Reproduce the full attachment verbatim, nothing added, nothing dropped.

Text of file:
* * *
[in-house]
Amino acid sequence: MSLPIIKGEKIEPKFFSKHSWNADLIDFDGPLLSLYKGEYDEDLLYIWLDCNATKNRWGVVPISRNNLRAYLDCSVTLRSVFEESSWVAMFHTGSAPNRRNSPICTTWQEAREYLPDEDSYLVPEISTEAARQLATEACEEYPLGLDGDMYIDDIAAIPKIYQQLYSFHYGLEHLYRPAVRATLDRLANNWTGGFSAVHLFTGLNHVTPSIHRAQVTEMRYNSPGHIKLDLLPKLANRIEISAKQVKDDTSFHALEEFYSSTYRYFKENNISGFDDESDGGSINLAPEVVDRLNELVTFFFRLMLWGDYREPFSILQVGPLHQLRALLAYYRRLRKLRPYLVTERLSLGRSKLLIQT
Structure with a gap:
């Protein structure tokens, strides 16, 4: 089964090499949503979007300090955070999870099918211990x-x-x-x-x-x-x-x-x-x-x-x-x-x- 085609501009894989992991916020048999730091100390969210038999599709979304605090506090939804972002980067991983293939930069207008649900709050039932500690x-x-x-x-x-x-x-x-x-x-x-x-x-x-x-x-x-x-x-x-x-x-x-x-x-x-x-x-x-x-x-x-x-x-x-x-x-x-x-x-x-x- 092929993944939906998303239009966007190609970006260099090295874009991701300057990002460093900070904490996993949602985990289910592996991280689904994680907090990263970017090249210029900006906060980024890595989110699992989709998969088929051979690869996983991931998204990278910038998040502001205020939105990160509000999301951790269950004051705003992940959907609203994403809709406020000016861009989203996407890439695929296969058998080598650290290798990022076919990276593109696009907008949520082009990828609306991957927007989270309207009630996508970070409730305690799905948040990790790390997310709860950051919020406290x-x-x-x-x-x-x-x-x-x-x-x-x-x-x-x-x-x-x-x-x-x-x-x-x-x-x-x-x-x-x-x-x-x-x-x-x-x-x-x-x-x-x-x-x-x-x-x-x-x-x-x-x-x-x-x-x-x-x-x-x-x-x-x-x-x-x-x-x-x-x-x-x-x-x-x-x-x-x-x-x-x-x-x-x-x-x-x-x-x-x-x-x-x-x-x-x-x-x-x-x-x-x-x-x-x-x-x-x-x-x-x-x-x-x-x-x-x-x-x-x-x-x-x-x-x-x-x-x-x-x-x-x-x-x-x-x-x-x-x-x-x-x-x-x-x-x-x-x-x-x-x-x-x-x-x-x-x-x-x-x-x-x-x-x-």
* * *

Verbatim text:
[in-house]
Amino acid sequence: MSLPIIKGEKIEPKFFSKHSWNADLIDFDGPLLSLYKGEYDEDLLYIWLDCNATKNRWGVVPISRNNLRAYLDCSVTLRSVFEESSWVAMFHTGSAPNRRNSPICTTWQEAREYLPDEDSYLVPEISTEAARQLATEACEEYPLGLDGDMYIDDIAAIPKIYQQLYSFHYGLEHLYRPAVRATLDRLANNWTGGFSAVHLFTGLNHVTPSIHRAQVTEMRYNSPGHIKLDLLPKLANRIEISAKQVKDDTSFHALEEFYSSTYRYFKENNISGFDDESDGGSINLAPEVVDRLNELVTFFFRLMLWGDYREPFSILQVGPLHQLRALLAYYRRLRKLRPYLVTERLSLGRSKLLIQT
Structure with a gap:
């Protein structure tokens, strides 16, 4: 089964090499949503979007300090955070999870099918211990x-x-x-x-x-x-x-x-x-x-x-x-x-x- 085609501009894989992991916020048999730091100390969210038999599709979304605090506090939804972002980067991983293939930069207008649900709050039932500690x-x-x-x-x-x-x-x-x-x-x-x-x-x-x-x-x-x-x-x-x-x-x-x-x-x-x-x-x-x-x-x-x-x-x-x-x-x-x-x-x-x- 092929993944939906998303239009966007190609970006260099090295874009991701300057990002460093900070904490996993949602985990289910592996991280689904994680907090990263970017090249210029900006906060980024890595989110699992989709998969088929051979690869996983991931998204990278910038998040502001205020939105990160509000999301951790269950004051705003992940959907609203994403809709406020000016861009989203996407890439695929296969058998080598650290290798990022076919990276593109696009907008949520082009990828609306991957927007989270309207009630996508970070409730305690799905948040990790790390997310709860950051919020406290x-x-x-x-x-x-x-x-x-x-x-x-x-x-x-x-x-x-x-x-x-x-x-x-x-x-x-x-x-x-x-x-x-x-x-x-x-x-x-x-x-x-x-x-x-x-x-x-x-x-x-x-x-x-x-x-x-x-x-x-x-x-x-x-x-x-x-x-x-x-x-x-x-x-x-x-x-x-x-x-x-x-x-x-x-x-x-x-x-x-x-x-x-x-x-x-x-x-x-x-x-x-x-x-x-x-x-x-x-x-x-x-x-x-x-x-x-x-x-x-x-x-x-x-x-x-x-x-x-x-x-x-x-x-x-x-x-x-x-x-x-x-x-x-x-x-x-x-x-x-x-x-x-x-x-x-x-x-x-x-x-x-x-x-x-």